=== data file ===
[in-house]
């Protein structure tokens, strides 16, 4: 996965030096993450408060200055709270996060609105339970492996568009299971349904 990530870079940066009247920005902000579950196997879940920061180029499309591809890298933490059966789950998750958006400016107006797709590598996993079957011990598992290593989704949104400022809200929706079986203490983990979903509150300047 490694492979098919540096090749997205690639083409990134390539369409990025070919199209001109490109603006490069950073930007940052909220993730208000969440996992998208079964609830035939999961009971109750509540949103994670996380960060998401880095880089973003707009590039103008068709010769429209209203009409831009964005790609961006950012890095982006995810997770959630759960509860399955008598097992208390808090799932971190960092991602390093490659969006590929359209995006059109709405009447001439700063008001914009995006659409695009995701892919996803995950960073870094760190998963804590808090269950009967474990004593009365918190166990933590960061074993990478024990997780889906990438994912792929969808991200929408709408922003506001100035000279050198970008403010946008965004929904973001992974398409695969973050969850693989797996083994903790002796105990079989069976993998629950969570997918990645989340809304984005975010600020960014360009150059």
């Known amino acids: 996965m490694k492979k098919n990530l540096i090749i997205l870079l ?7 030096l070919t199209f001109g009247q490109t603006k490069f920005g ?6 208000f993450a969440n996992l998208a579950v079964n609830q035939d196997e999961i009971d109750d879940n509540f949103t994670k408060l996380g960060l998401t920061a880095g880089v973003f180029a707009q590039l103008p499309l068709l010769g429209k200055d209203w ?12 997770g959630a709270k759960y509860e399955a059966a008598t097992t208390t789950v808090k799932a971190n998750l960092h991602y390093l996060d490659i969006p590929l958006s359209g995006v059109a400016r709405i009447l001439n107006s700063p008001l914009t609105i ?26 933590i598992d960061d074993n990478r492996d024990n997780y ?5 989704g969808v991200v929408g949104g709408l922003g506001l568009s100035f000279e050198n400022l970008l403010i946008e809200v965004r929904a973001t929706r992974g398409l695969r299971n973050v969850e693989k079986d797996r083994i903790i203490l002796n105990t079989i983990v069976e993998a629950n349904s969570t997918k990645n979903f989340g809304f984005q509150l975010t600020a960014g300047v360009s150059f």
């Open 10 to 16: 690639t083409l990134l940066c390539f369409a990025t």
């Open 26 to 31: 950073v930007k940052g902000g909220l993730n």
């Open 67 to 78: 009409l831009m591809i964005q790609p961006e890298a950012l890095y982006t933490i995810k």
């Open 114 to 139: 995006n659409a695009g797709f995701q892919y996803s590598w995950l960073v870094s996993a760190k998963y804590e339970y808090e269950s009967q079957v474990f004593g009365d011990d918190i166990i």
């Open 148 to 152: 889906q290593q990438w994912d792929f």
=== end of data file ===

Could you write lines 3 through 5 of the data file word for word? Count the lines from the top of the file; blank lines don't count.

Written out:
């Known amino acids: 996965m490694k492979k098919n990530l540096i090749i997205l870079l ?7 030096l070919t199209f001109g009247q490109t603006k490069f920005g ?6 208000f993450a969440n996992l998208a579950v079964n609830q035939d196997e999961i009971d109750d879940n509540f949103t994670k408060l996380g960060l998401t920061a880095g880089v973003f180029a707009q590039l103008p499309l068709l010769g429209k200055d209203w ?12 997770g959630a709270k759960y509860e399955a059966a008598t097992t208390t789950v808090k799932a971190n998750l960092h991602y390093l996060d490659i969006p590929l958006s359209g995006v059109a400016r709405i009447l001439n107006s700063p008001l914009t609105i ?26 933590i598992d960061d074993n990478r492996d024990n997780y ?5 989704g969808v991200v929408g949104g709408l922003g506001l568009s100035f000279e050198n400022l970008l403010i946008e809200v965004r929904a973001t929706r992974g398409l695969r299971n973050v969850e693989k079986d797996r083994i903790i203490l002796n105990t079989i983990v069976e993998a629950n349904s969570t997918k990645n979903f989340g809304f984005q509150l975010t600020a960014g300047v360009s150059f």
């Open 10 to 16: 690639t083409l990134l940066c390539f369409a990025t």
């Open 26 to 31: 950073v930007k940052g902000g909220l993730n």